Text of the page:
I had a fun challenge this morning. During the launch of the new Ultra 20 computer, I was challenged to code up an application using our tools as fast as possible. I had roughly an hour. While I was coding away, there was a panel discussion followed by some presentations. I was listening to my own music so I wouldn't get distracted. A couple of times I caught myself tapping with my feet - hope I didn't distract the nearby journalists! My screen was visible though so they could see that I wasn't "cheating" (e.g. just pulling up previously created content). I had planned in advance roughly what to build, but hadn't tried it - after all what fun is a challenge if it isn't actually challenging? However, thanks to this I got to get pretty stressed! My plan was to build a translation web service, by first pulling down a free dictionary word map (English to Spanish and vice versa), then read the words into a map, then build a Creator web app which takes pasted text, splits it into words and calls the web service to generate a translated text segment. Plus various web controls to convert the translation direction etc.

Well, I started out with NetBeans to create the web service. I knew this would be most of the job. I looked at the format of the data file - a perfect job for the new JDK 5.0 Scanner API, so I wrote some methods to parse the data files using it, storing it all in typed Maps (using generics). Ah, what a delight it is to use the new JDK 5.0 features - the code is so much cleaner. By now it was definitely time to deploy the web service - I had used up half of my time already (but I knew I could do the Creator part really quickly). So I hit Deploy, and .... disaster!! I got an error message from the ant file responsible for deploying the web service. What's going on??? And at this point they stopped the briefing and asked me for status... uh oh... "I have another half hour, right? Right? Phew". I've done a web service before - a couple of weeks ago I did a simple dictionary lookup one (the one shown in the AJAX keynote), so I thought this should work. The only significantly different thing is that I had used JDK 5.0 apis this time - the format of the datafiles, maps etc. couldn't matter - so I decided to cut my losses, not try to debug it and just rip out the generics and rewrite the scanner portion to just do simple String iteration instead (e.g. iterate over the String, look for the first tab, that's the English/Spanish delimiter, then look for the first comma or newline, that's the first translation word, etc.)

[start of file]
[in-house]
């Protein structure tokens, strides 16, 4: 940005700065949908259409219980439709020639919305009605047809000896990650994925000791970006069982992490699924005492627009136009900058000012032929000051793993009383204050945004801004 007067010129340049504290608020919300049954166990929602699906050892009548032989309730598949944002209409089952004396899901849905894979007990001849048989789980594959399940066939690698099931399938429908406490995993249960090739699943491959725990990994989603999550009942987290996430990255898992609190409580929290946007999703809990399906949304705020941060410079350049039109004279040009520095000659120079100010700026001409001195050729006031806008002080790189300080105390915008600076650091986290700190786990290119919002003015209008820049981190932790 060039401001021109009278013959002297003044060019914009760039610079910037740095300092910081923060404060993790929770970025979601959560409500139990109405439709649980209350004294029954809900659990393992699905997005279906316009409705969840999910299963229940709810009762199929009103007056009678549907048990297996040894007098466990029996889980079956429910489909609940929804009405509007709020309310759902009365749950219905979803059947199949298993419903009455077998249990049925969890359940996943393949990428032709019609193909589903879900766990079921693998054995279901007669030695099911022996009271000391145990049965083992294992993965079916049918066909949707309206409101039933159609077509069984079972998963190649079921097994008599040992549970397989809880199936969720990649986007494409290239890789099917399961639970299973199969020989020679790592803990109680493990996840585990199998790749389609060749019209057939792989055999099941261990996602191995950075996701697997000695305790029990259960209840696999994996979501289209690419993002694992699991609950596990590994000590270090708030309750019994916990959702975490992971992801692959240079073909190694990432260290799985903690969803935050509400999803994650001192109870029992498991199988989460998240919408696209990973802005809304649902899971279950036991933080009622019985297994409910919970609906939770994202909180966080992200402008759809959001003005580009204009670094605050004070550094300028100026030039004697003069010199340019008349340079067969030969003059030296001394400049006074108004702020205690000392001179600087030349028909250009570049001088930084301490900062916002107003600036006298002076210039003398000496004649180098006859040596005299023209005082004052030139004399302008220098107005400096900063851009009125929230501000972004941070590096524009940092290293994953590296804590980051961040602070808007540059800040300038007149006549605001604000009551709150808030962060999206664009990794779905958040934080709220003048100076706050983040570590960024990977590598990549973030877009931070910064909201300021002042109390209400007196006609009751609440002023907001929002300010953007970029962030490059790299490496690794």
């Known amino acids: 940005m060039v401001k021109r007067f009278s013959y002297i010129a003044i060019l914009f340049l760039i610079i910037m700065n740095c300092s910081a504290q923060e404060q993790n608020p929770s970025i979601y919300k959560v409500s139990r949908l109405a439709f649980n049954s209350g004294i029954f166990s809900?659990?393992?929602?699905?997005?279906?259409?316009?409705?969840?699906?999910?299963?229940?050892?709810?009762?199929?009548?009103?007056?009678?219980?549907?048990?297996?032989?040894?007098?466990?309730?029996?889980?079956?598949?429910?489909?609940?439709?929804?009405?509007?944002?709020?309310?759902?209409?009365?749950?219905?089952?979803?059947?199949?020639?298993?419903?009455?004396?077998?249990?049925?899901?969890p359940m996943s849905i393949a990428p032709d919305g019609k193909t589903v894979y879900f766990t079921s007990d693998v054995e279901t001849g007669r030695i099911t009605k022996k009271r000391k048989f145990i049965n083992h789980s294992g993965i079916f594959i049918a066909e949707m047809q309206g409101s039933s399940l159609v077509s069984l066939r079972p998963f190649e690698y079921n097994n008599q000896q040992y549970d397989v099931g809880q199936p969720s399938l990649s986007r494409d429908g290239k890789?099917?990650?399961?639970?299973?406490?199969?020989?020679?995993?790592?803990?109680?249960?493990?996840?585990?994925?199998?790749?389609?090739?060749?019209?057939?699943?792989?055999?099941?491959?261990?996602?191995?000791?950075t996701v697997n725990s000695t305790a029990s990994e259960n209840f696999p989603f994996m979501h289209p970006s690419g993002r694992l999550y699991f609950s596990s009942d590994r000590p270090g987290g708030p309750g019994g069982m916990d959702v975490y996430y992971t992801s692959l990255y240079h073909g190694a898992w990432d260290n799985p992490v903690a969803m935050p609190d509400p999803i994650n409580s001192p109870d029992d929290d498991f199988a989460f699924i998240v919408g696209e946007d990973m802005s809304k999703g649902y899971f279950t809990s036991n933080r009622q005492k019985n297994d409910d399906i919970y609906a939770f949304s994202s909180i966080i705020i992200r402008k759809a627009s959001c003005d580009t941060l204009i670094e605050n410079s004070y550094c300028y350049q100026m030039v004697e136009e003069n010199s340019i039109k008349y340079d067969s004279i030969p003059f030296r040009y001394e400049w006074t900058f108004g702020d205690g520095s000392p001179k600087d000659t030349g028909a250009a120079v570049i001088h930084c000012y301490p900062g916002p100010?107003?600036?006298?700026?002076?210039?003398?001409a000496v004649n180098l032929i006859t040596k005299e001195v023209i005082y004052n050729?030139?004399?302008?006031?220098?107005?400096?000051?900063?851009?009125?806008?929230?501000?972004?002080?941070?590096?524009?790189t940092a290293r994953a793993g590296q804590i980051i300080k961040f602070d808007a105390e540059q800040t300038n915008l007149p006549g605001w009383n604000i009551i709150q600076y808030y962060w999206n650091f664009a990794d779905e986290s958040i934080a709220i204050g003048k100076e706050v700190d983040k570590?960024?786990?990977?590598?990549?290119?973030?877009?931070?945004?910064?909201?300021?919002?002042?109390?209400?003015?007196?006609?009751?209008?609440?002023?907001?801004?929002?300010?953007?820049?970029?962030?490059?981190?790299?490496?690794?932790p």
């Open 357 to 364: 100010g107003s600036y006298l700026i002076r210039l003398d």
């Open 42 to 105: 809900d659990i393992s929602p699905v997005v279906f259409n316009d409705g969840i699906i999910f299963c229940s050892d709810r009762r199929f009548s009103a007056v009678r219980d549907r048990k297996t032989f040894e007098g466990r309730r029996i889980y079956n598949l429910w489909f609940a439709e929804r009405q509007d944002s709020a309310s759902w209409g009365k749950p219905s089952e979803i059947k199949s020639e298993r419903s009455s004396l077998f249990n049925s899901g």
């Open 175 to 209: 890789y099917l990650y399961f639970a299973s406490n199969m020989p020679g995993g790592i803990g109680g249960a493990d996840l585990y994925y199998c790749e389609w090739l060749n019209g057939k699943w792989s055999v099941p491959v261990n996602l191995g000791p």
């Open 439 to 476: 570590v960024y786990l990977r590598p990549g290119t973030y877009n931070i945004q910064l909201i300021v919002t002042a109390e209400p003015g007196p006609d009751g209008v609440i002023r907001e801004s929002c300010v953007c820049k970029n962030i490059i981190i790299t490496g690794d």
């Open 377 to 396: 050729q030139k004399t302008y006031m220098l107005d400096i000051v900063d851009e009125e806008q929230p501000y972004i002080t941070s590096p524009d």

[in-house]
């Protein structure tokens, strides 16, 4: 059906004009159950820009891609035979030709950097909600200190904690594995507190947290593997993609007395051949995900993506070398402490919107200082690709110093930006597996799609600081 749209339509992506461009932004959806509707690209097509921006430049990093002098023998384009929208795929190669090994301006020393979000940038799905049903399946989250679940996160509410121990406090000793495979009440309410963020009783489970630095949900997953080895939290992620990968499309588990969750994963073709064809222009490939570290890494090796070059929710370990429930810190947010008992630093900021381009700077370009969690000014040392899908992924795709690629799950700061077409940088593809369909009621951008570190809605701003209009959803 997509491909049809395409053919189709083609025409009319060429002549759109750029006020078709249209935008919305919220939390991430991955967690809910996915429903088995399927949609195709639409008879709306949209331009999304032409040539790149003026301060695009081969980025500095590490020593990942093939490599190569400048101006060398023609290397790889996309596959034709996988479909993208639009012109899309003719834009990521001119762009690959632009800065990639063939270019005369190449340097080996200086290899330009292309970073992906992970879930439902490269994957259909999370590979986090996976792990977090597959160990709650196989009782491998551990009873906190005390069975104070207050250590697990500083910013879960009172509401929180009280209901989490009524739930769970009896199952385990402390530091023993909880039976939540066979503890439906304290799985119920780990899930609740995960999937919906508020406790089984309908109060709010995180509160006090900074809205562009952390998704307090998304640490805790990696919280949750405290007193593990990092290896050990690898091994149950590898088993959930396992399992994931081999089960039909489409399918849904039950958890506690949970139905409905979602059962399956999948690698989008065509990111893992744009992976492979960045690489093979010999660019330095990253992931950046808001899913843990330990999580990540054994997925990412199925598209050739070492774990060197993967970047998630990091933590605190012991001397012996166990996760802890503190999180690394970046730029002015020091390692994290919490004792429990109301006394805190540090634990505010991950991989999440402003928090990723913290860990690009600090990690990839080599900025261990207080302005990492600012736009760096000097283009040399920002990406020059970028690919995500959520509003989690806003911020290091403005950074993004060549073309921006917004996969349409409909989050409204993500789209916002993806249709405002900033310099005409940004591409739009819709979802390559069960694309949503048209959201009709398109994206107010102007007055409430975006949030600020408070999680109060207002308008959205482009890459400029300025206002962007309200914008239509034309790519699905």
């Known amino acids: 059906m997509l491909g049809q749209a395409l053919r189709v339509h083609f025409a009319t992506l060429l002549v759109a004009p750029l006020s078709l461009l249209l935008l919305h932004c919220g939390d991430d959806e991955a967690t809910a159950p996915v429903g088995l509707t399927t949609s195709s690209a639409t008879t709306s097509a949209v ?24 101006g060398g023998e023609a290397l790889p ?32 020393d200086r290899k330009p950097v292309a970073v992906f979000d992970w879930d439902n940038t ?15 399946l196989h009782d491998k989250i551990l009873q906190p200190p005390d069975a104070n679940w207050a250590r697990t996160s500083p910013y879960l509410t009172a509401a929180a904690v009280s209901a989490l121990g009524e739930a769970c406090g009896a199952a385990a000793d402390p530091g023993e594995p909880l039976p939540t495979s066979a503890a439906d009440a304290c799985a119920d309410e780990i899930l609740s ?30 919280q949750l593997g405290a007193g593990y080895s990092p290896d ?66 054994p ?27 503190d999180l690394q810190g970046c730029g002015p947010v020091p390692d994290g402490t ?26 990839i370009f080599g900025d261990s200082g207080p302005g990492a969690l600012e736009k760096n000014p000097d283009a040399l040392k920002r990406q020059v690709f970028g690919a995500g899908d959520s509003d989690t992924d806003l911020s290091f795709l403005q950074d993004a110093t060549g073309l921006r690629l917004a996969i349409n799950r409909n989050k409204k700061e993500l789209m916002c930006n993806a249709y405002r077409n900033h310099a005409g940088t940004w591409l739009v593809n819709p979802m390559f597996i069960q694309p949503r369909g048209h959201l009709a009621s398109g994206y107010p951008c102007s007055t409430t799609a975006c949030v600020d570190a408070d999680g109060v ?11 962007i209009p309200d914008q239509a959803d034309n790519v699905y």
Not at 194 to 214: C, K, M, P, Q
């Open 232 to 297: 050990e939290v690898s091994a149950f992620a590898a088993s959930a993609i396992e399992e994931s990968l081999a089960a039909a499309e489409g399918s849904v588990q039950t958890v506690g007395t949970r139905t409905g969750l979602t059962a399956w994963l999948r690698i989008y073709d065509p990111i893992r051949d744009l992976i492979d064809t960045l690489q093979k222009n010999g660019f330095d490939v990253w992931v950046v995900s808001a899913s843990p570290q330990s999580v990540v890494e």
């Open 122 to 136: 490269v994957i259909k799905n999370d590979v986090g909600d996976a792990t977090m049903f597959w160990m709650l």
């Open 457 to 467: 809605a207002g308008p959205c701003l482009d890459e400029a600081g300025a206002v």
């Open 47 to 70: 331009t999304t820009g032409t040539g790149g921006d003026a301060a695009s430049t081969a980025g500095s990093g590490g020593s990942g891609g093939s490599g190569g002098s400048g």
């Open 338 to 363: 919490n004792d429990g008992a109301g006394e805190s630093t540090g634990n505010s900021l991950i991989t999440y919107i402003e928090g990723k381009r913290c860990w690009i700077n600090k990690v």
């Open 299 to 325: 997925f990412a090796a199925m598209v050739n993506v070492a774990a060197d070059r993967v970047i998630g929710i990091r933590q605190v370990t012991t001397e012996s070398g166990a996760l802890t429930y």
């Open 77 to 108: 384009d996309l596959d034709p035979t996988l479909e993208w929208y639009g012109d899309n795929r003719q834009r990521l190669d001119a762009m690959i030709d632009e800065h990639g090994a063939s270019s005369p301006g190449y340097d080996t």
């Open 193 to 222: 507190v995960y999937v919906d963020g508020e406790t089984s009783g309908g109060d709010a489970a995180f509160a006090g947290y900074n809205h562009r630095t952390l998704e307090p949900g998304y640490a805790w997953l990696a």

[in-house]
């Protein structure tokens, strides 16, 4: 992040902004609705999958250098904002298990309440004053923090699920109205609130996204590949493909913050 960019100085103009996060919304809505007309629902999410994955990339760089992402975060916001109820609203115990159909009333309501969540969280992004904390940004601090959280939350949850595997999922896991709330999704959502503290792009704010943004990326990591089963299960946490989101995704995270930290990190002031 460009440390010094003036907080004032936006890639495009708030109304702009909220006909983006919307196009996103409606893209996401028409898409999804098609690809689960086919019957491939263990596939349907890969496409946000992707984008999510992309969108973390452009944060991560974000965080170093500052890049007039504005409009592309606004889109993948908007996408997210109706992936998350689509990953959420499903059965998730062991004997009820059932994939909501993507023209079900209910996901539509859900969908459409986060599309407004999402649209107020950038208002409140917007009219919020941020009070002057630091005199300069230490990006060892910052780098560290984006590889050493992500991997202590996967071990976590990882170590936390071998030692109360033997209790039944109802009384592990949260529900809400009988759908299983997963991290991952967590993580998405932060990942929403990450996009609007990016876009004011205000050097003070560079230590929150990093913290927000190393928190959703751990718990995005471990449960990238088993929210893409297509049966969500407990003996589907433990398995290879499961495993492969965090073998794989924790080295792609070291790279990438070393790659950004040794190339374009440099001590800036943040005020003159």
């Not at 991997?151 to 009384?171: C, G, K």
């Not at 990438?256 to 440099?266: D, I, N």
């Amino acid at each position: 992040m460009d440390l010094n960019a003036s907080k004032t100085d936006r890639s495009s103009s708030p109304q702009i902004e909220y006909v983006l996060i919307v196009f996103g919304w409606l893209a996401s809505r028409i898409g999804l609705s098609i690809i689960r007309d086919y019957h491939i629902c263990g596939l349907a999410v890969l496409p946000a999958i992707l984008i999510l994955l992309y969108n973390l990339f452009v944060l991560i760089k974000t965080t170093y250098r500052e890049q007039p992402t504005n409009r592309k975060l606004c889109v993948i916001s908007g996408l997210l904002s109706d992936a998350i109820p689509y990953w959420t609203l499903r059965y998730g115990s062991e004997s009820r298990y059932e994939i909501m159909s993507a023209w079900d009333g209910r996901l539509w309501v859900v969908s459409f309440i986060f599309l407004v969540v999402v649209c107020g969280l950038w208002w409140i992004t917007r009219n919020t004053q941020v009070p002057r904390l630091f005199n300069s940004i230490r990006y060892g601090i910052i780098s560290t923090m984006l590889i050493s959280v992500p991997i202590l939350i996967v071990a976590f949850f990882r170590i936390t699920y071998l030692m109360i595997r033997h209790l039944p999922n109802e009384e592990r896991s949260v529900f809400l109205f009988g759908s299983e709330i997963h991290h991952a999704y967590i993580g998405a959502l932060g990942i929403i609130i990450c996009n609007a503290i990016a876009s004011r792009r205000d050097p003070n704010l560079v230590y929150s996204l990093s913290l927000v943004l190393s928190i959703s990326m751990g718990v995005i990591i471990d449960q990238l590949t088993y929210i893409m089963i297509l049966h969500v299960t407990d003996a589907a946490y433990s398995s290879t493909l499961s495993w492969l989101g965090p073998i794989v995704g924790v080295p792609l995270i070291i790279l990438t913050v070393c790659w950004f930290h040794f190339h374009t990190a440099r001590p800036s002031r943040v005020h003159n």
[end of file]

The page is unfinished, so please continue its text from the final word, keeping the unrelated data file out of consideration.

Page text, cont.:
Done... ahh....

That strategy worked - another ten minutes I had a working web service, and twenty minutes later I had built a Creator web app with dropdowns for choosing Spanish to English, English to Spanish, and English to Spanish to English. I also modified the output to be HTML for the text such that I could mark up any nonmatched words (which I left untranslated) in a light red background color. When it came time to report what I had done, I opened the browser, cut & pasted Sun's mission statement (from our web site), and translated it from English to Spanish and back to English. With the poor dictionary and complete lack of heuristics, the result was a pretty interesting Mission Statement - one I hope we won't adopt!

I realized right after the demo what the problem with deploying my original web service had been: Even though App Server 8.1 is capable of running JDK 5.0 code, I had started it from Creator (so it was using Creator's VM, JDK 1.4!) instead of NetBeans' (JDK 5.0). Doh!!

By the way, those new Ultra 20's are just fantastic. Deploying my app takes just a couple of seconds! I thought my existing W2100z opteron workstation was fast, but my, I want one of these!